Reducing and managing humanity's demand for energy is a fundamental part of the effort to mitigate climate change. In this, the most comprehensive textbook ever written on the subject, L.D. Danny Harvey lays out the theory and practice of how things must change if we are to meet our energy needs sustainably. The book begins with a succinct summary of the scientific basis for concern over global warming, then outlines energy basics and current patterns and trends in energy use. This is followed by a discussion of current and advanced technologies for the generation of electricity from fossil fuels. The book then considers in detail how energy is used, and how this use can be dramatically reduced, in the following end-use sectors: - buildings - transportation - industry - food and agriculture - municipal services The findings from these sector-by-sector assessments are then applied to generate scenarios of how global energy demand could evolve over the coming decades with full implementation of the identified and economically-feasible energy-saving potential.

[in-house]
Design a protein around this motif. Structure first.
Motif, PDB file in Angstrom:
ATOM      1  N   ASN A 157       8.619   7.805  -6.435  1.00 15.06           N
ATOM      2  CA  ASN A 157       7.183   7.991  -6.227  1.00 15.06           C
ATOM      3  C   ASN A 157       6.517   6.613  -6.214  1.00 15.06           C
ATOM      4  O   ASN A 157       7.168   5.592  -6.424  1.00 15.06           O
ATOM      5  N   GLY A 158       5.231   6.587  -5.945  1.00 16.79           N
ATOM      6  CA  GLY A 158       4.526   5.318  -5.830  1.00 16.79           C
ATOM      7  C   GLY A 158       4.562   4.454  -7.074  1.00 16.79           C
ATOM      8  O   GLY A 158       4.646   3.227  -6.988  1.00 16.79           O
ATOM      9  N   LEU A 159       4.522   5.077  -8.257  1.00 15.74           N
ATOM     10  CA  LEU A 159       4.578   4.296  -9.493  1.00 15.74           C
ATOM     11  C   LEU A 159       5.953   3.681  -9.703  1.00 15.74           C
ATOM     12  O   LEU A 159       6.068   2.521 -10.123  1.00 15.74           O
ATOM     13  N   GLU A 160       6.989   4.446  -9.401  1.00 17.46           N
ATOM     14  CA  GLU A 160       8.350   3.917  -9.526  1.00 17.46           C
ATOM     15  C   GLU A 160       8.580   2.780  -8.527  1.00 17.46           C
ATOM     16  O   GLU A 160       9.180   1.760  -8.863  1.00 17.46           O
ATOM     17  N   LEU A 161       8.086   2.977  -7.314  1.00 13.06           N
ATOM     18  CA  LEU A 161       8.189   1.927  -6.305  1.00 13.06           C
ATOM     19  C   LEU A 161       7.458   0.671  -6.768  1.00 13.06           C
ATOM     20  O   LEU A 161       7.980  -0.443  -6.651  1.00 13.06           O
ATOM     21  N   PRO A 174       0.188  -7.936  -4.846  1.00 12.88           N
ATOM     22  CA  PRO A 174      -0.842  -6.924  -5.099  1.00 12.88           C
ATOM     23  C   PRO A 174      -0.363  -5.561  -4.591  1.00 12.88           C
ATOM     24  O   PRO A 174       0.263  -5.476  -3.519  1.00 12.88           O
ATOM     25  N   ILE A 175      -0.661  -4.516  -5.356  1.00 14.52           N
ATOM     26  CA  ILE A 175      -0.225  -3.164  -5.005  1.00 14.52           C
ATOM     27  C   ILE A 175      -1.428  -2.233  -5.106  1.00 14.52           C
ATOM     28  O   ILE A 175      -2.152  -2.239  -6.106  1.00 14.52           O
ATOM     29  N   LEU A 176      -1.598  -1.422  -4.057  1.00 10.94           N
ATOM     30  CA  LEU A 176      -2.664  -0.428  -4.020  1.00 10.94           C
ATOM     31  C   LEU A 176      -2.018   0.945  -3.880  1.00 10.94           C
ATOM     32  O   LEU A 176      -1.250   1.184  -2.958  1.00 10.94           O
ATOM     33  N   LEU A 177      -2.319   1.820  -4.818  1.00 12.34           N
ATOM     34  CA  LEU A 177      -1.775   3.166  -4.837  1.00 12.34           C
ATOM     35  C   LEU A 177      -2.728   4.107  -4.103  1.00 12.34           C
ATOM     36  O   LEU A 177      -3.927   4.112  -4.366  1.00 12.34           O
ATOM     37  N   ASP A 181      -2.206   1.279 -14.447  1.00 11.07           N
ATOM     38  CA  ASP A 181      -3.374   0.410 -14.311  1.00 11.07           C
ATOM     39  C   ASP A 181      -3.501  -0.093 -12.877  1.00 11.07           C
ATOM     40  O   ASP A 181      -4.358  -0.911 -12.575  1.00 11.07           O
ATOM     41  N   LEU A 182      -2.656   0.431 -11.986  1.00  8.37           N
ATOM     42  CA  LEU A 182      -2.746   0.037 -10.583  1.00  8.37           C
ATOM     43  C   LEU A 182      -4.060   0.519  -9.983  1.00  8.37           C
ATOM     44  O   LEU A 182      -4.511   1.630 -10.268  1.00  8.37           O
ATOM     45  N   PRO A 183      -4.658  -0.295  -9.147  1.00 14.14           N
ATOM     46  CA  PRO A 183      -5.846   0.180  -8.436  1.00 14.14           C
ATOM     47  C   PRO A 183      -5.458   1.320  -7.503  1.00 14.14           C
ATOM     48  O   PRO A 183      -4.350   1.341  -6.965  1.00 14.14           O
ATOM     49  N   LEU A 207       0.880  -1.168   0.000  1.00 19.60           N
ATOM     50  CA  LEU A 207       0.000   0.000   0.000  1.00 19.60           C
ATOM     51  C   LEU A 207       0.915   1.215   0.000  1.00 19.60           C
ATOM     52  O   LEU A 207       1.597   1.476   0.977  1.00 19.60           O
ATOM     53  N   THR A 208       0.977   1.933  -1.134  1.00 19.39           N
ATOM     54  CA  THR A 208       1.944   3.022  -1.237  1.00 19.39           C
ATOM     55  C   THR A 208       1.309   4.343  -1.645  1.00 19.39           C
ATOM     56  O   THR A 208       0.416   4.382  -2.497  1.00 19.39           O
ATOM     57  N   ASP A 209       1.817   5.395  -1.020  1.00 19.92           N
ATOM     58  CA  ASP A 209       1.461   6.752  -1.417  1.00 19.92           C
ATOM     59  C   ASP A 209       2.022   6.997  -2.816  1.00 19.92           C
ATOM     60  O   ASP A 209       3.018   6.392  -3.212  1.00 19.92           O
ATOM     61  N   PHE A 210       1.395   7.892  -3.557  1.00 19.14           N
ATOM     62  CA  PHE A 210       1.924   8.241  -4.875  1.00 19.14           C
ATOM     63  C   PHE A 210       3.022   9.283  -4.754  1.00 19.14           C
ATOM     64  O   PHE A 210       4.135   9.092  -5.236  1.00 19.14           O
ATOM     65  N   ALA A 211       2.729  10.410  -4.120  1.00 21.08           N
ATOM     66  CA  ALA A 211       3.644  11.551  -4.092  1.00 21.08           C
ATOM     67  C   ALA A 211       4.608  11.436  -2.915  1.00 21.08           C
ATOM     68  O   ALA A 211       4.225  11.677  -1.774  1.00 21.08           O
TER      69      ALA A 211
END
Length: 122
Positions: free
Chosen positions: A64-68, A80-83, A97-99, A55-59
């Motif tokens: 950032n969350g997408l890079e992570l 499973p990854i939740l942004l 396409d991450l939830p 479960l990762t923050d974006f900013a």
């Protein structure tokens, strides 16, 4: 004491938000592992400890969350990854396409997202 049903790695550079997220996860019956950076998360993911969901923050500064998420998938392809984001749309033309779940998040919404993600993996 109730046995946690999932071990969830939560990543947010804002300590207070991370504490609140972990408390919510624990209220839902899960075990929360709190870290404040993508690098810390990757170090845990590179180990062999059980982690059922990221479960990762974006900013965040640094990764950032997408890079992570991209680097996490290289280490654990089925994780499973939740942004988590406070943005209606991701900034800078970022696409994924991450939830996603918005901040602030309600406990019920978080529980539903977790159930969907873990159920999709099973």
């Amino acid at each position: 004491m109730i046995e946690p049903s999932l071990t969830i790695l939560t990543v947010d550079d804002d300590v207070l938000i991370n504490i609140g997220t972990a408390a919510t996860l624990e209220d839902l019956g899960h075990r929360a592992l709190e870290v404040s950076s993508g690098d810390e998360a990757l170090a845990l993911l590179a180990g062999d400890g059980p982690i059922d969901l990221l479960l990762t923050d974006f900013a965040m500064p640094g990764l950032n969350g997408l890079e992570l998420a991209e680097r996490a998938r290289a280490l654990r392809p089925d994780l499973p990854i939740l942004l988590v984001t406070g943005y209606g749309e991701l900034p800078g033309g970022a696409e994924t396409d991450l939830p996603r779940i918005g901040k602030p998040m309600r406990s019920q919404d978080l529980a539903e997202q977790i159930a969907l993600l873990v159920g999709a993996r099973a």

The book ends with a brief discussion of policies that can be used to reduce energy demand, but also addresses the limits of technologically-based improvements in efficiency in moderating demand and of the need to re-think some of our underlying assumptions concern ends with a brief discusing what we really need. Along with its companion volume on C-free energy supply, and accompanied by extensive supplementary online material, this is an essential resource for students and practitioners in engineering, architecture, environment and energy related fields. Online material includes: Excel-based computational exercises, teaching slides for each chapter, links to free software tools.
Danny Harvey is a Professor in the Department of Geography at the University of Toronto. He began his career over 25 years ago in the area of computer climate simulation and analysis, but has gradually shifted to the analysis of energy systems and prospects for stabilizing atmospheric greenhouse gas concentrations at relatively non-threatening levels. He is author of the Handbook on Low-Energy Buildings and Community-Integrated Energy Systems, which provides a comprehensive guide on how to design buildings to use one-quarter of the energy compared to current conventional practice.